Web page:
Google's Above the Fold/ Page Layout Algorithm
Google's above the fold algorithm (a.k.a page layout algorithm) went live last week and while it has not caused Panda-like repercussions, it still has had a significant impact on many sites and it is certainly important to any site that has been hit (of which I know of at least one). Some interesting things to note:
- This really confirms that Panda did not satisfactorily do its job as based on user metrics. If Panda was 100% effective, this update would not have been necessary. Perhaps some sites were slipping through Panda because of the brand protection. More likely some sites have figured out how to avoid Panda (even though they are deserved). Or perhaps there were too many false positives and Google is looking more towards this update to catch certain sites that would slip through if Google will relaxed Panda a bit. Interestingly enough, Google ran a Panda update yesterday (1/24) and I have been hearing of Pandalized sites getting boosts. I think perhaps a Panda update just a few days after the Page Layout update is not an accident.
- Like Panda (and really like most Google updates) this is geared to improving the searcher's user experience. The user searchers, goes to a site and gets what they want visibly on the page (as opposed to a page where the content is obscured by ads).
- Unlike Panda. this does not appear to be based on user
behavior, but on the actual page. According to Google, once enough pages have been crawled that address the issue, the site penalty or dampening will be reversed. This makes addressing this issue if you get hit much easier than Panda. With Panda, you make your changes and wait for Google to collect enough positive signals over time to overtake the negative signals. And those signals (which I have theorized on) have never been stated by Google. In this case, Google has stated exactly what the issue is.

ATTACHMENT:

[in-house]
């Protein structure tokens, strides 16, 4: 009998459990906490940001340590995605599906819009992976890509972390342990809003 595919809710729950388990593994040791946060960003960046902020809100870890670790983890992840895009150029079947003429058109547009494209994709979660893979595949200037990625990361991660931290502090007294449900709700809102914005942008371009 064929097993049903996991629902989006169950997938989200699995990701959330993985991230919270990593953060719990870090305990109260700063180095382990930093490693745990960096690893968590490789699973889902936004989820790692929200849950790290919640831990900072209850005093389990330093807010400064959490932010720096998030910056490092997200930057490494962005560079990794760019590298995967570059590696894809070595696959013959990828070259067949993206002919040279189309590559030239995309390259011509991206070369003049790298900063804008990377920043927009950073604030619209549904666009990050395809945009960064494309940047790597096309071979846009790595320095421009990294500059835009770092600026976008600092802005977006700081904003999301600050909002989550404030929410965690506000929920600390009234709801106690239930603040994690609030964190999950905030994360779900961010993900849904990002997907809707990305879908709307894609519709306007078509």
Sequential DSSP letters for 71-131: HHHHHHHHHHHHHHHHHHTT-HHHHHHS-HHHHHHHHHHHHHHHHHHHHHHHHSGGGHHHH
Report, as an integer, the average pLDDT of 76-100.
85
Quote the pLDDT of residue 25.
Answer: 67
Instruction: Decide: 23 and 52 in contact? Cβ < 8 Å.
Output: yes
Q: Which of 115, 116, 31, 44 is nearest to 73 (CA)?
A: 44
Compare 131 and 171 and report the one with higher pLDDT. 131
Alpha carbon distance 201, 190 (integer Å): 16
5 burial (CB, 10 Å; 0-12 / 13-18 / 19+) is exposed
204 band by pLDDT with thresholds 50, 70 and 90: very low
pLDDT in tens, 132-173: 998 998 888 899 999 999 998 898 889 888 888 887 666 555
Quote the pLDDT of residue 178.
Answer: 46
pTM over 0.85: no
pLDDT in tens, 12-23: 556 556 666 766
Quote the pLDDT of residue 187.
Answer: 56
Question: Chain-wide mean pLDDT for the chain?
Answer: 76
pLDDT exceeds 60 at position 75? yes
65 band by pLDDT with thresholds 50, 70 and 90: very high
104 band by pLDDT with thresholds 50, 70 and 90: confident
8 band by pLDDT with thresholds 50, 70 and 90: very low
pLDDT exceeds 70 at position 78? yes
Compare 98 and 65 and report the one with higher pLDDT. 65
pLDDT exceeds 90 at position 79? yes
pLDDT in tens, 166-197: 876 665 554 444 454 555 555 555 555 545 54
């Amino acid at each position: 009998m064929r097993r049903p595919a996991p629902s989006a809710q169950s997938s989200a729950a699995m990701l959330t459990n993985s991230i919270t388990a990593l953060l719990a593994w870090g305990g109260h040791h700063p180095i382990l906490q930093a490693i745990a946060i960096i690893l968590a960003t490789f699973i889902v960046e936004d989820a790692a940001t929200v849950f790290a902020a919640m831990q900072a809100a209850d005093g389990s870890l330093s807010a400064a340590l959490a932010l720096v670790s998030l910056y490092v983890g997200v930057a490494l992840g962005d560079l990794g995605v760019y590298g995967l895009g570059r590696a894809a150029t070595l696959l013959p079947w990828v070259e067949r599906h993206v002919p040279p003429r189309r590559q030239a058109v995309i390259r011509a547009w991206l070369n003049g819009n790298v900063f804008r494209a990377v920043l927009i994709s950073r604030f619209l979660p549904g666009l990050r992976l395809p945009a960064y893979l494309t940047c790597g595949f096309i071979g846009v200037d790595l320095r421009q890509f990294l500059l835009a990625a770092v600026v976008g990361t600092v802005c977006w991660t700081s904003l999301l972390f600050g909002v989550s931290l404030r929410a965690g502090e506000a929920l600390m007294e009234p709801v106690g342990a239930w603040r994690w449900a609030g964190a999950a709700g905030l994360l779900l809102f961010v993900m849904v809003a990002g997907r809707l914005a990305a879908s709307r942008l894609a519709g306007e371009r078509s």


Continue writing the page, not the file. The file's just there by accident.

- Why would Google be so open about what this change is about as opposed to mysterious Panda? Simple - if Google thinks they can be manipulated, they will be vague, if they think a change is beyond manipulation, they will be more open.
Notice that Google is calling this the "Page Layout Algorithm". The ability to reliably analyze page layout will likely be reflected in other updates in the future, perhaps degrading content and links below the fold. (Of course position of content always has had an impact, but the Page Layout Algorithm could make it even more significant and more accurate). And link position has been discussed in regards to Google's Reasonable Surfer algorithm (which they applied for a patent last year). The Reasonable Surfers algo basically values links on the likelihood of getting clicked. To implement that, you need to understand page layout so this very well could be a step in that direction (which could shake up the SEO industry again).
Never dull with Google these days!